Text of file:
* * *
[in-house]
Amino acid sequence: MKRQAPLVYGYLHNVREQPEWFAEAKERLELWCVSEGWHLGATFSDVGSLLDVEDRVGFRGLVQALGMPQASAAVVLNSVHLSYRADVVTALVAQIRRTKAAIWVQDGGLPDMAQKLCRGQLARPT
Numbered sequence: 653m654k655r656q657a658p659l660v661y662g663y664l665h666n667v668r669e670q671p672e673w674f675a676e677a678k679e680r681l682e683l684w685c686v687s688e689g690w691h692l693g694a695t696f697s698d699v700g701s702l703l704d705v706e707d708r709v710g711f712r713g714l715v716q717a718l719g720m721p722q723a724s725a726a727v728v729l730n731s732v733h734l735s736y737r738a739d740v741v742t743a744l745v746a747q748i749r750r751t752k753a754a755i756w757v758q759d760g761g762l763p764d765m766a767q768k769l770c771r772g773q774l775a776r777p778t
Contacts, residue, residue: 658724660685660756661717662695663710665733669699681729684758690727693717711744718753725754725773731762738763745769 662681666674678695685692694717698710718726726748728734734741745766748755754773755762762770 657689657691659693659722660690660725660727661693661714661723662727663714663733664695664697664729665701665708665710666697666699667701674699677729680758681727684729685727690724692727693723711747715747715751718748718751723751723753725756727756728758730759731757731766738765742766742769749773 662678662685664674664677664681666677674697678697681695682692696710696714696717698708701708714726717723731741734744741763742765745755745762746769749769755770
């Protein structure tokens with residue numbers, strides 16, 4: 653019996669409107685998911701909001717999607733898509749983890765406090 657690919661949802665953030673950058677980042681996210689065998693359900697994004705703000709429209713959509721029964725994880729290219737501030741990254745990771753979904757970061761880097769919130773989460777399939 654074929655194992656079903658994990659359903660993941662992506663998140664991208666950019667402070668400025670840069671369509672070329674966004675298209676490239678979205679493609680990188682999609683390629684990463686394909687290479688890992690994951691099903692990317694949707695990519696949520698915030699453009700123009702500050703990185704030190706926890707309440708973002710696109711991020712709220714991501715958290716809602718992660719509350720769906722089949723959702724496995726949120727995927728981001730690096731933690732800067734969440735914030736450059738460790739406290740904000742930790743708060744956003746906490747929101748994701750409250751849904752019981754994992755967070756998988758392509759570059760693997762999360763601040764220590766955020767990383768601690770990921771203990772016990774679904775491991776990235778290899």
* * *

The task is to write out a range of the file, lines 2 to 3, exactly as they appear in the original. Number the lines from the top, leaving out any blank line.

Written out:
Amino acid sequence: MKRQAPLVYGYLHNVREQPEWFAEAKERLELWCVSEGWHLGATFSDVGSLLDVEDRVGFRGLVQALGMPQASAAVVLNSVHLSYRADVVTALVAQIRRTKAAIWVQDGGLPDMAQKLCRGQLARPT
Numbered sequence: 653m654k655r656q657a658p659l660v661y662g663y664l665h666n667v668r669e670q671p672e673w674f675a676e677a678k679e680r681l682e683l684w685c686v687s688e689g690w691h692l693g694a695t696f697s698d699v700g701s702l703l704d705v706e707d708r709v710g711f712r713g714l715v716q717a718l719g720m721p722q723a724s725a726a727v728v729l730n731s732v733h734l735s736y737r738a739d740v741v742t743a744l745v746a747q748i749r750r751t752k753a754a755i756w757v758q759d760g761g762l763p764d765m766a767q768k769l770c771r772g773q774l775a776r777p778t